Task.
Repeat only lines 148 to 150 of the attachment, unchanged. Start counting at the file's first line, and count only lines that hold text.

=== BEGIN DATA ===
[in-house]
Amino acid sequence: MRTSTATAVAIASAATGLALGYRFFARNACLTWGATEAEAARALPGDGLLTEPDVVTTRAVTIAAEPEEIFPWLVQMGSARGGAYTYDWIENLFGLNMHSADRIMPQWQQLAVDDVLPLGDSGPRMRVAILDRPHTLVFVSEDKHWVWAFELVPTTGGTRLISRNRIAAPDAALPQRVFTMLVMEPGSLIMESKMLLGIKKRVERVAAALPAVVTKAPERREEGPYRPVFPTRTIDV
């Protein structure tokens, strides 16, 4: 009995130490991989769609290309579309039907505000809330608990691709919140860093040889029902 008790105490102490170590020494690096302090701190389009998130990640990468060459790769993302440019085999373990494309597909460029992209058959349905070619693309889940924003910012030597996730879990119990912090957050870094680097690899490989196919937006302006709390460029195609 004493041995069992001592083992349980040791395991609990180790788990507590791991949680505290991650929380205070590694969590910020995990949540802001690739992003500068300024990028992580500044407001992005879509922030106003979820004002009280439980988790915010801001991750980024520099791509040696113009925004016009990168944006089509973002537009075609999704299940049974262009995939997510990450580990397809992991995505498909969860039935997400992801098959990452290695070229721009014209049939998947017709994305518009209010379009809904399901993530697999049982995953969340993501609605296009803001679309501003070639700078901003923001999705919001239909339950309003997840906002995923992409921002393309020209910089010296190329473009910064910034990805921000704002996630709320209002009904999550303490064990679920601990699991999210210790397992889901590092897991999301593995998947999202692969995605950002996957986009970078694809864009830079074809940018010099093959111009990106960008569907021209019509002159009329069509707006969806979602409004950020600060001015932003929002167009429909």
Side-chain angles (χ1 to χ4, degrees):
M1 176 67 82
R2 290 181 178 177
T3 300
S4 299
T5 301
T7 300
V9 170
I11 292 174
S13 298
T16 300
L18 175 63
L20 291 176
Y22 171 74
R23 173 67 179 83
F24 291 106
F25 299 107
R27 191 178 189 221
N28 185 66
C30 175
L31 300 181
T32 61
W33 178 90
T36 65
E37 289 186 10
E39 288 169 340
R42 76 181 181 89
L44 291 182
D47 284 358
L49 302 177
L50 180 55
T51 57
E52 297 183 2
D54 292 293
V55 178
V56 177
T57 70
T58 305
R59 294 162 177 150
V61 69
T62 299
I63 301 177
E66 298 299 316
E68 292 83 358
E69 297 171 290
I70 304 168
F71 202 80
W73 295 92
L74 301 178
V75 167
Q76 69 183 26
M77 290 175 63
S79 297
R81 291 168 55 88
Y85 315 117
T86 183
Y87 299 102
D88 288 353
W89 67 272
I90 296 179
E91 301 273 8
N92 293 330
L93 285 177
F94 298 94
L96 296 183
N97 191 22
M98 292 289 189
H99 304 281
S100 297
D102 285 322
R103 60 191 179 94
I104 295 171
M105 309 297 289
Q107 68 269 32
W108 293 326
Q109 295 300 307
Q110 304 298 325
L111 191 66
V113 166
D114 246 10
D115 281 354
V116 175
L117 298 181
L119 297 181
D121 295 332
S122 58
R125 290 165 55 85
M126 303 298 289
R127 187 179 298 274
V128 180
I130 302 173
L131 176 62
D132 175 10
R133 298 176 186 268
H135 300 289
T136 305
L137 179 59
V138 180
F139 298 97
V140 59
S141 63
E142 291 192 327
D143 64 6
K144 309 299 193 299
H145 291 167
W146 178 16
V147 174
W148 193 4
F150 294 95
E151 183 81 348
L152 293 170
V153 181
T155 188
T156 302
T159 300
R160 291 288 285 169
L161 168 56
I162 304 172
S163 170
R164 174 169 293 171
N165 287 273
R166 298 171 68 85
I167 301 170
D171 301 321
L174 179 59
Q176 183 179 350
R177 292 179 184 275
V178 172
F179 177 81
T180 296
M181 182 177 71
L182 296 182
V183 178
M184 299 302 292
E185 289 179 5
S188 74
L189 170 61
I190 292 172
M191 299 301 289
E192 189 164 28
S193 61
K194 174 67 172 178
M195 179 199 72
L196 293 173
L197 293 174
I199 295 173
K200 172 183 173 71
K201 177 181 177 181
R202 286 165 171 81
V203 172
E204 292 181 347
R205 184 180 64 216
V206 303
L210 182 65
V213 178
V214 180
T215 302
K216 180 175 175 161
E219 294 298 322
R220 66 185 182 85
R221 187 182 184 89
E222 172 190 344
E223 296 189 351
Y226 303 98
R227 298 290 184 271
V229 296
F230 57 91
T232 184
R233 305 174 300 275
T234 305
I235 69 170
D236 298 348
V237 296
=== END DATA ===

L197 293 174
I199 295 173
K200 172 183 173 71